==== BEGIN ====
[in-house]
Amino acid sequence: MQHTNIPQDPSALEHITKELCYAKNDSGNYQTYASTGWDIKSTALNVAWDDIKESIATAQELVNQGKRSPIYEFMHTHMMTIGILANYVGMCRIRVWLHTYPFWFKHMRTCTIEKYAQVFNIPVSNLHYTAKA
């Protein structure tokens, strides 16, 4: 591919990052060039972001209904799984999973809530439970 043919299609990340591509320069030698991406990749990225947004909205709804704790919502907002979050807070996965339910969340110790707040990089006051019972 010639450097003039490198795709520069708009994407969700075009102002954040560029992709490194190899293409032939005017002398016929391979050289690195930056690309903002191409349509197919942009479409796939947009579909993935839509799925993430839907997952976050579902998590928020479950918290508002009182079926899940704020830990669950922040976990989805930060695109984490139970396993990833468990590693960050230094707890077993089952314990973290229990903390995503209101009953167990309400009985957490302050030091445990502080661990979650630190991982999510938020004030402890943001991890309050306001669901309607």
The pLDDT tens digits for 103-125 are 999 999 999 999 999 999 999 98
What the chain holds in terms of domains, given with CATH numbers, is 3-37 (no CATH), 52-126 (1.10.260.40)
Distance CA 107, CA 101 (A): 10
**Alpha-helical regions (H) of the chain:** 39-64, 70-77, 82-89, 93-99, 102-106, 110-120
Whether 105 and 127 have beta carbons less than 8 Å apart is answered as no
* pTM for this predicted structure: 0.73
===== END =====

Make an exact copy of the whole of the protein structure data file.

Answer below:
[in-house]
Amino acid sequence: MQHTNIPQDPSALEHITKELCYAKNDSGNYQTYASTGWDIKSTALNVAWDDIKESIATAQELVNQGKRSPIYEFMHTHMMTIGILANYVGMCRIRVWLHTYPFWFKHMRTCTIEKYAQVFNIPVSNLHYTAKA
């Protein structure tokens, strides 16, 4: 591919990052060039972001209904799984999973809530439970 043919299609990340591509320069030698991406990749990225947004909205709804704790919502907002979050807070996965339910969340110790707040990089006051019972 010639450097003039490198795709520069708009994407969700075009102002954040560029992709490194190899293409032939005017002398016929391979050289690195930056690309903002191409349509197919942009479409796939947009579909993935839509799925993430839907997952976050579902998590928020479950918290508002009182079926899940704020830990669950922040976990989805930060695109984490139970396993990833468990590693960050230094707890077993089952314990973290229990903390995503209101009953167990309400009985957490302050030091445990502080661990979650630190991982999510938020004030402890943001991890309050306001669901309607």
The pLDDT tens digits for 103-125 are 999 999 999 999 999 999 999 98
What the chain holds in terms of domains, given with CATH numbers, is 3-37 (no CATH), 52-126 (1.10.260.40)
Distance CA 107, CA 101 (A): 10
**Alpha-helical regions (H) of the chain:** 39-64, 70-77, 82-89, 93-99, 102-106, 110-120
Whether 105 and 127 have beta carbons less than 8 Å apart is answered as no
* pTM for this predicted structure: 0.73